"Let me give you an analogy, if I might," Bernanke said. "If you have a neighbor, who smokes in bed. And he's a risk to everybody. If suppose he sets fire to his house, and you might say to yourself, you know, 'I'm not gonna call the fire department. Let his house burn down. It's fine with me.' But then, of course, but what if your house is made of wood? And it's right next door to his house? What if the whole town is made of wood? Well, I think we'd all agree that the right thing to do is put out that fire first, and then say, 'What punishment is appropriate? How should we change the fire code? What needs to be done to make sure this doesn't happen in the future? How can we fire proof our houses?' That's where we are now. We have a fire going on."

Bernanke told Pelley that "fire" is still burning.

Asked if all the big banks the Fed regulates are solvent, Bernanke said, "I believe they are, yes. But we are doing a stress test right now, where we're looking at what the positions of the banks are under a tougher economic scenario than the one that we currently expect. And what we plan to do is to say how much capital would each bank need to be well capitalized. Not just solvent, but well capitalized, even in these more adverse scenarios."

"Are you committing in this interview, that you are not going to let any of these banks fail? That no matter what their balance sheet actually looks like, they are not gonna fail?" Pelley asked.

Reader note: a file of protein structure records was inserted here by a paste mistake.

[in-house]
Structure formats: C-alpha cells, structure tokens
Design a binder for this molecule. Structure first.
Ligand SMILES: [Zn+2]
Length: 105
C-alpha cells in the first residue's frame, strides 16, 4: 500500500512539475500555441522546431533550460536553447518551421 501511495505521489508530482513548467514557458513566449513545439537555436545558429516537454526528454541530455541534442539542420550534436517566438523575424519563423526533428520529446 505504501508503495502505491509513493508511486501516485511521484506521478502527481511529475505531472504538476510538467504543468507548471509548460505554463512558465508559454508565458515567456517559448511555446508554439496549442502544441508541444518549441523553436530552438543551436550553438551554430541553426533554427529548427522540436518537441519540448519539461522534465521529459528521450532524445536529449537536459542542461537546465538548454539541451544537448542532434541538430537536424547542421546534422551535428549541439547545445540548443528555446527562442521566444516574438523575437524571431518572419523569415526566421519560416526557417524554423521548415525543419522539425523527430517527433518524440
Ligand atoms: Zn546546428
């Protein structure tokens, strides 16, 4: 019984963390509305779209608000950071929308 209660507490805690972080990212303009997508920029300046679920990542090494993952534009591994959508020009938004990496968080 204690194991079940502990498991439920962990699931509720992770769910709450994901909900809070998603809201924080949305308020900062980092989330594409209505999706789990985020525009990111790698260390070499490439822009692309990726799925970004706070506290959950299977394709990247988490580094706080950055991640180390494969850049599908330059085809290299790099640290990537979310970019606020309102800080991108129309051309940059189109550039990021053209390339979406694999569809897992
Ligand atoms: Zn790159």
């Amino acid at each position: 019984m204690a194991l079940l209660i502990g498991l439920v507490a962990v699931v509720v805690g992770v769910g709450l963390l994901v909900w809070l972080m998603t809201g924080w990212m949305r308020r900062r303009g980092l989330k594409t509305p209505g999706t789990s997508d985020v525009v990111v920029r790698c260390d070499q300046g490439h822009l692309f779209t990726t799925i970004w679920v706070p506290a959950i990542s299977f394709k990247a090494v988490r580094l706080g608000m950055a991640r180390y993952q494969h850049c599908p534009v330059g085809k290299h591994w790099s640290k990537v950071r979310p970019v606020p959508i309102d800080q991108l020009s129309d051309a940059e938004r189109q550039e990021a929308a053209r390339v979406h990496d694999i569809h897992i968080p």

"They are not gonna fail," Bernanke said. "But what we can do, should it be necessary, is try to wind it down in a safe way."

In other words, Bernanke thinks government should stabilize failed financial companies and take them apart slowly. "So, for example, in the case of AIG, we've prevented a bankruptcy, because of the chaos that would create. But we're also demanding that AIG divest itself, sell off its subsidiaries, and use the proceeds to pay back the government," he said.

"What are the dangers now? What keeps you up at night?" Pelley asked.

"I think the biggest risk is that, you know, we don't have the political will. We don't have the commitment to solve this problem, and that we let it just continue. In which case, you know, we can't count on recovery," Bernanke said.

After our interview, those stress tests were done and some of the largest banks were told to raise $75 billion to shore up their balance sheets. The Fed has pledged another $1 trillion to prop up the financial system.

Ben Bernanke is doing things with the Federal Reserve that have never been done before. It may be because he's not a creature of Washington or Wall Street.

He grew up, middle class, the smartest kid in a town now falling on hard times. He told Pelley, because the Fed is so powerful, it should be more open.

Bernanke meets with his six fellow governors of the Federal Reserve - all of them appointed by the president of the United States - at the Fed's headquarters. Bernanke also chairs the Federal Open Market Committee, which decides interest rates.

Those meetings, which take place inside the Fed's boardroom in Washington, are secret. Asked why, Bernanke took Pelley inside the boardroom and explained, "If we held those things with a TV camera on us it would create lots of volatility and problems in the market. But I should say that, you know, we've come a long way. In 1994, when the Fed made a policy decision to change interest rates, wouldn't even announce that we made a change. But now, after every meeting, we put out a statement, say what we did, explain what we did, why we're doing it. And three weeks later, we put out minutes to describe everything that happened in the meeting. So we're becoming much more transparent."